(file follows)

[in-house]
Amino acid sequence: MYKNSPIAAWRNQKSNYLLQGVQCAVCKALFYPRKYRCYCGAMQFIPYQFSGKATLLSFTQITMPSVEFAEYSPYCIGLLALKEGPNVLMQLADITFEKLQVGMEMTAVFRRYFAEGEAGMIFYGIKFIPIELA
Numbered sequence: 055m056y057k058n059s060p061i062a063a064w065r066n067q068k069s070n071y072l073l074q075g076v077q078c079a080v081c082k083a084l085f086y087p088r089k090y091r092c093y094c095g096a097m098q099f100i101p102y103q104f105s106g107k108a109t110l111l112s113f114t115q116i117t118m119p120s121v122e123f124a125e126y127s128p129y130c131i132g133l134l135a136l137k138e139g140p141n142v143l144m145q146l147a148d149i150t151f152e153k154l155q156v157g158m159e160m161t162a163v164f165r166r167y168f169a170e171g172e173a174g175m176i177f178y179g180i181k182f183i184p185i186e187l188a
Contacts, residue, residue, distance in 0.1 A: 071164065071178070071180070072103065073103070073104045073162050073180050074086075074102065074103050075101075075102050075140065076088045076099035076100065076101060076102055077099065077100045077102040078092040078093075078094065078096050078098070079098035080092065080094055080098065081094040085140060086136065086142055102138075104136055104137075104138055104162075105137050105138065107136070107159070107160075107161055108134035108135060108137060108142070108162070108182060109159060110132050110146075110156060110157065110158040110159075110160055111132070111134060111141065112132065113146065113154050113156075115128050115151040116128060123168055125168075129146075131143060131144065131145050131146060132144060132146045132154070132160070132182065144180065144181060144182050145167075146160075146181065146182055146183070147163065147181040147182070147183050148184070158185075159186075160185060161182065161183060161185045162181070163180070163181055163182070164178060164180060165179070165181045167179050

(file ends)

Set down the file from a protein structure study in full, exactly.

[in-house]
Amino acid sequence: MYKNSPIAAWRNQKSNYLLQGVQCAVCKALFYPRKYRCYCGAMQFIPYQFSGKATLLSFTQITMPSVEFAEYSPYCIGLLALKEGPNVLMQLADITFEKLQVGMEMTAVFRRYFAEGEAGMIFYGIKFIPIELA
Numbered sequence: 055m056y057k058n059s060p061i062a063a064w065r066n067q068k069s070n071y072l073l074q075g076v077q078c079a080v081c082k083a084l085f086y087p088r089k090y091r092c093y094c095g096a097m098q099f100i101p102y103q104f105s106g107k108a109t110l111l112s113f114t115q116i117t118m119p120s121v122e123f124a125e126y127s128p129y130c131i132g133l134l135a136l137k138e139g140p141n142v143l144m145q146l147a148d149i150t151f152e153k154l155q156v157g158m159e160m161t162a163v164f165r166r167y168f169a170e171g172e173a174g175m176i177f178y179g180i181k182f183i184p185i186e187l188a
Contacts, residue, residue, distance in 0.1 A: 071164065071178070071180070072103065073103070073104045073162050073180050074086075074102065074103050075101075075102050075140065076088045076099035076100065076101060076102055077099065077100045077102040078092040078093075078094065078096050078098070079098035080092065080094055080098065081094040085140060086136065086142055102138075104136055104137075104138055104162075105137050105138065107136070107159070107160075107161055108134035108135060108137060108142070108162070108182060109159060110132050110146075110156060110157065110158040110159075110160055111132070111134060111141065112132065113146065113154050113156075115128050115151040116128060123168055125168075129146075131143060131144065131145050131146060132144060132146045132154070132160070132182065144180065144181060144182050145167075146160075146181065146182055146183070147163065147181040147182070147183050148184070158185075159186075160185060161182065161183060161185045162181070163180070163181055163182070164178060164180060165179070165181045167179050